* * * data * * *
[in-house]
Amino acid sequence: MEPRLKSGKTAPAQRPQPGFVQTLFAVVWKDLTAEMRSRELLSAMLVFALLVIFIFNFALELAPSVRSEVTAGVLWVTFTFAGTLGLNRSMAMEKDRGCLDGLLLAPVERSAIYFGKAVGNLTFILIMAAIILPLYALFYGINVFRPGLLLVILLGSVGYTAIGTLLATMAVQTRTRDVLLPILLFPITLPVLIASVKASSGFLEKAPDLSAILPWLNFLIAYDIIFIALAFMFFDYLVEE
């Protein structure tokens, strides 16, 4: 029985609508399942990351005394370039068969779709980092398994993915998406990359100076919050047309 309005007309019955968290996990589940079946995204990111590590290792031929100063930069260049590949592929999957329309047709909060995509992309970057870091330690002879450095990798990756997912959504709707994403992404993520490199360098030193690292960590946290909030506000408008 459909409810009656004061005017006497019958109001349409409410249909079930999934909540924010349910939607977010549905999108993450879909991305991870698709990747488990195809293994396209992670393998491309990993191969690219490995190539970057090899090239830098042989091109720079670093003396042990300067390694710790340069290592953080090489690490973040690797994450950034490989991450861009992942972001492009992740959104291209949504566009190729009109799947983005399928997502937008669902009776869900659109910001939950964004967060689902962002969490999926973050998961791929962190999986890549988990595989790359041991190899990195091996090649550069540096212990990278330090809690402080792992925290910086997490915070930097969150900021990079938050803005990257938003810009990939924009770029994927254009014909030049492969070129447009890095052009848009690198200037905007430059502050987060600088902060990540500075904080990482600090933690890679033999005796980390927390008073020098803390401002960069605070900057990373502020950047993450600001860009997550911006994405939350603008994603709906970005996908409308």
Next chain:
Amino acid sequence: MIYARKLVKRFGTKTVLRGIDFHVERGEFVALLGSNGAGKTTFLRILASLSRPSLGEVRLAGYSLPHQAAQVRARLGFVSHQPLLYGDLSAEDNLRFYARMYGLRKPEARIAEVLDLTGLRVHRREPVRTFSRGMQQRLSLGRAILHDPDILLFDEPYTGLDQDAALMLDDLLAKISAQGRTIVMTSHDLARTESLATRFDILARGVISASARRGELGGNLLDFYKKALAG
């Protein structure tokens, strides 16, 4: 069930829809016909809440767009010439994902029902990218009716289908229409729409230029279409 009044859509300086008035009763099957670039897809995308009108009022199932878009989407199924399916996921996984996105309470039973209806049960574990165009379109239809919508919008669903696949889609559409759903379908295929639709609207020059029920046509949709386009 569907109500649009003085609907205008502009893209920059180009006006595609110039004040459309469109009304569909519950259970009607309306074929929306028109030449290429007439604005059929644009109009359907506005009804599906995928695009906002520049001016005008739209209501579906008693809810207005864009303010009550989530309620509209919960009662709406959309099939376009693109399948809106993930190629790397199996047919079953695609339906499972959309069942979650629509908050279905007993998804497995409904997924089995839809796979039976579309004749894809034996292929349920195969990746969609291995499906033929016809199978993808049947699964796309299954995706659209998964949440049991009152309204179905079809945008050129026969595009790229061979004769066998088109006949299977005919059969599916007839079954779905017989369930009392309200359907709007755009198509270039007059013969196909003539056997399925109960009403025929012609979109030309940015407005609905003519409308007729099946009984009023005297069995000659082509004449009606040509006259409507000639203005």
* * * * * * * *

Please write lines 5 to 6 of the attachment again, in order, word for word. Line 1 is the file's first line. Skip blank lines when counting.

Amino acid sequence: MIYARKLVKRFGTKTVLRGIDFHVERGEFVALLGSNGAGKTTFLRILASLSRPSLGEVRLAGYSLPHQAAQVRARLGFVSHQPLLYGDLSAEDNLRFYARMYGLRKPEARIAEVLDLTGLRVHRREPVRTFSRGMQQRLSLGRAILHDPDILLFDEPYTGLDQDAALMLDDLLAKISAQGRTIVMTSHDLARTESLATRFDILARGVISASARRGELGGNLLDFYKKALAG
């Protein structure tokens, strides 16, 4: 069930829809016909809440767009010439994902029902990218009716289908229409729409230029279409 009044859509300086008035009763099957670039897809995308009108009022199932878009989407199924399916996921996984996105309470039973209806049960574990165009379109239809919508919008669903696949889609559409759903379908295929639709609207020059029920046509949709386009 569907109500649009003085609907205008502009893209920059180009006006595609110039004040459309469109009304569909519950259970009607309306074929929306028109030449290429007439604005059929644009109009359907506005009804599906995928695009906002520049001016005008739209209501579906008693809810207005864009303010009550989530309620509209919960009662709406959309099939376009693109399948809106993930190629790397199996047919079953695609339906499972959309069942979650629509908050279905007993998804497995409904997924089995839809796979039976579309004749894809034996292929349920195969990746969609291995499906033929016809199978993808049947699964796309299954995706659209998964949440049991009152309204179905079809945008050129026969595009790229061979004769066998088109006949299977005919059969599916007839079954779905017989369930009392309200359907709007755009198509270039007059013969196909003539056997399925109960009403025929012609979109030309940015407005609905003519409308007729099946009984009023005297069995000659082509004449009606040509006259409507000639203005």